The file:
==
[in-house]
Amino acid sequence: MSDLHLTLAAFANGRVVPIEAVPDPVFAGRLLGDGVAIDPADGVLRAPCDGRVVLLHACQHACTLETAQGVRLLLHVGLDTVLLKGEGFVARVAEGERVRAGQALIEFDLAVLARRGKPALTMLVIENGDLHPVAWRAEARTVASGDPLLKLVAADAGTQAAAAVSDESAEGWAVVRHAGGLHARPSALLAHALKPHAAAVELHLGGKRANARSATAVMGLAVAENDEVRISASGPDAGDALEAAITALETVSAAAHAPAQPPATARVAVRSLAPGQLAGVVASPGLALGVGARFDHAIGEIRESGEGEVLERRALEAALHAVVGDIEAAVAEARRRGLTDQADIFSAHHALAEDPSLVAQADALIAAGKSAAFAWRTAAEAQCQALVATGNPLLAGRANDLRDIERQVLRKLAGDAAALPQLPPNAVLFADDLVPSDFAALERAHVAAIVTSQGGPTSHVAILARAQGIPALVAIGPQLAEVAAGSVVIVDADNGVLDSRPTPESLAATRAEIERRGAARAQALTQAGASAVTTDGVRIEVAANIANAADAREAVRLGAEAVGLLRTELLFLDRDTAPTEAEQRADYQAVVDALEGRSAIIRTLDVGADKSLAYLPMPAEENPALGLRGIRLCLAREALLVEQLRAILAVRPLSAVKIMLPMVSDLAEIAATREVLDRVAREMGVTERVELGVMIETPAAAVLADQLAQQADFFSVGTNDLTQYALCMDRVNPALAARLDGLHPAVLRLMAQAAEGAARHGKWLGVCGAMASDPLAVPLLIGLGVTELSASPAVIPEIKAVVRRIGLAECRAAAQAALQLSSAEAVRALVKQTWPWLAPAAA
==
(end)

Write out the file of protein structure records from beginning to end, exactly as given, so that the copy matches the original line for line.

[in-house]
Amino acid sequence: MSDLHLTLAAFANGRVVPIEAVPDPVFAGRLLGDGVAIDPADGVLRAPCDGRVVLLHACQHACTLETAQGVRLLLHVGLDTVLLKGEGFVARVAEGERVRAGQALIEFDLAVLARRGKPALTMLVIENGDLHPVAWRAEARTVASGDPLLKLVAADAGTQAAAAVSDESAEGWAVVRHAGGLHARPSALLAHALKPHAAAVELHLGGKRANARSATAVMGLAVAENDEVRISASGPDAGDALEAAITALETVSAAAHAPAQPPATARVAVRSLAPGQLAGVVASPGLALGVGARFDHAIGEIRESGEGEVLERRALEAALHAVVGDIEAAVAEARRRGLTDQADIFSAHHALAEDPSLVAQADALIAAGKSAAFAWRTAAEAQCQALVATGNPLLAGRANDLRDIERQVLRKLAGDAAALPQLPPNAVLFADDLVPSDFAALERAHVAAIVTSQGGPTSHVAILARAQGIPALVAIGPQLAEVAAGSVVIVDADNGVLDSRPTPESLAATRAEIERRGAARAQALTQAGASAVTTDGVRIEVAANIANAADAREAVRLGAEAVGLLRTELLFLDRDTAPTEAEQRADYQAVVDALEGRSAIIRTLDVGADKSLAYLPMPAEENPALGLRGIRLCLAREALLVEQLRAILAVRPLSAVKIMLPMVSDLAEIAATREVLDRVAREMGVTERVELGVMIETPAAAVLADQLAQQADFFSVGTNDLTQYALCMDRVNPALAARLDGLHPAVLRLMAQAAEGAARHGKWLGVCGAMASDPLAVPLLIGLGVTELSASPAVIPEIKAVVRRIGLAECRAAAQAALQLSSAEAVRALVKQTWPWLAPAAA